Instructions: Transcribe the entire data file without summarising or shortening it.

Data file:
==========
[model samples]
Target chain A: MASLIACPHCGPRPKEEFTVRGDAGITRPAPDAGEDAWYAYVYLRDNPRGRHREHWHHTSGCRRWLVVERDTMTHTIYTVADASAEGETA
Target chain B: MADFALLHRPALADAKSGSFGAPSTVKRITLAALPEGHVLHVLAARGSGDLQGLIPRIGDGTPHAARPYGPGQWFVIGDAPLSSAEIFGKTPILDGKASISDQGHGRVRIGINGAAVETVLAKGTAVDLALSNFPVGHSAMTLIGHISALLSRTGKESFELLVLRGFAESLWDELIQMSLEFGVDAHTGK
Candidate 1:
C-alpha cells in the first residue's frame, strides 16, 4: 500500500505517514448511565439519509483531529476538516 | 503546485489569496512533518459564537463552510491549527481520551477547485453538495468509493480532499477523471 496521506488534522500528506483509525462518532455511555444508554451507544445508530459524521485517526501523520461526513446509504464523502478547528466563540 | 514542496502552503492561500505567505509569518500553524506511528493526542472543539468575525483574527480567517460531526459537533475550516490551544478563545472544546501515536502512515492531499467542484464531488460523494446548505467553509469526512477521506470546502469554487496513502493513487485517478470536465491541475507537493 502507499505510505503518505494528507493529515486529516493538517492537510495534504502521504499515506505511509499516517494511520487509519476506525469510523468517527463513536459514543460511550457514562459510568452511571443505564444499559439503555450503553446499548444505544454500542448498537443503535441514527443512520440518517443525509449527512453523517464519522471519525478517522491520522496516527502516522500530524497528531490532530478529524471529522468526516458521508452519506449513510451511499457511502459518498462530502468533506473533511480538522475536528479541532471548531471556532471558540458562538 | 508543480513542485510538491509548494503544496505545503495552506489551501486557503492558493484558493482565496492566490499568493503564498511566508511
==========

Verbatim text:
[model samples]
Target chain A: MASLIACPHCGPRPKEEFTVRGDAGITRPAPDAGEDAWYAYVYLRDNPRGRHREHWHHTSGCRRWLVVERDTMTHTIYTVADASAEGETA
Target chain B: MADFALLHRPALADAKSGSFGAPSTVKRITLAALPEGHVLHVLAARGSGDLQGLIPRIGDGTPHAARPYGPGQWFVIGDAPLSSAEIFGKTPILDGKASISDQGHGRVRIGINGAAVETVLAKGTAVDLALSNFPVGHSAMTLIGHISALLSRTGKESFELLVLRGFAESLWDELIQMSLEFGVDAHTGK
Candidate 1:
C-alpha cells in the first residue's frame, strides 16, 4: 500500500505517514448511565439519509483531529476538516 | 503546485489569496512533518459564537463552510491549527481520551477547485453538495468509493480532499477523471 496521506488534522500528506483509525462518532455511555444508554451507544445508530459524521485517526501523520461526513446509504464523502478547528466563540 | 514542496502552503492561500505567505509569518500553524506511528493526542472543539468575525483574527480567517460531526459537533475550516490551544478563545472544546501515536502512515492531499467542484464531488460523494446548505467553509469526512477521506470546502469554487496513502493513487485517478470536465491541475507537493 502507499505510505503518505494528507493529515486529516493538517492537510495534504502521504499515506505511509499516517494511520487509519476506525469510523468517527463513536459514543460511550457514562459510568452511571443505564444499559439503555450503553446499548444505544454500542448498537443503535441514527443512520440518517443525509449527512453523517464519522471519525478517522491520522496516527502516522500530524497528531490532530478529524471529522468526516458521508452519506449513510451511499457511502459518498462530502468533506473533511480538522475536528479541532471548531471556532471558540458562538 | 508543480513542485510538491509548494503544496505545503495552506489551501486557503492558493484558493482565496492566490499568493503564498511566508511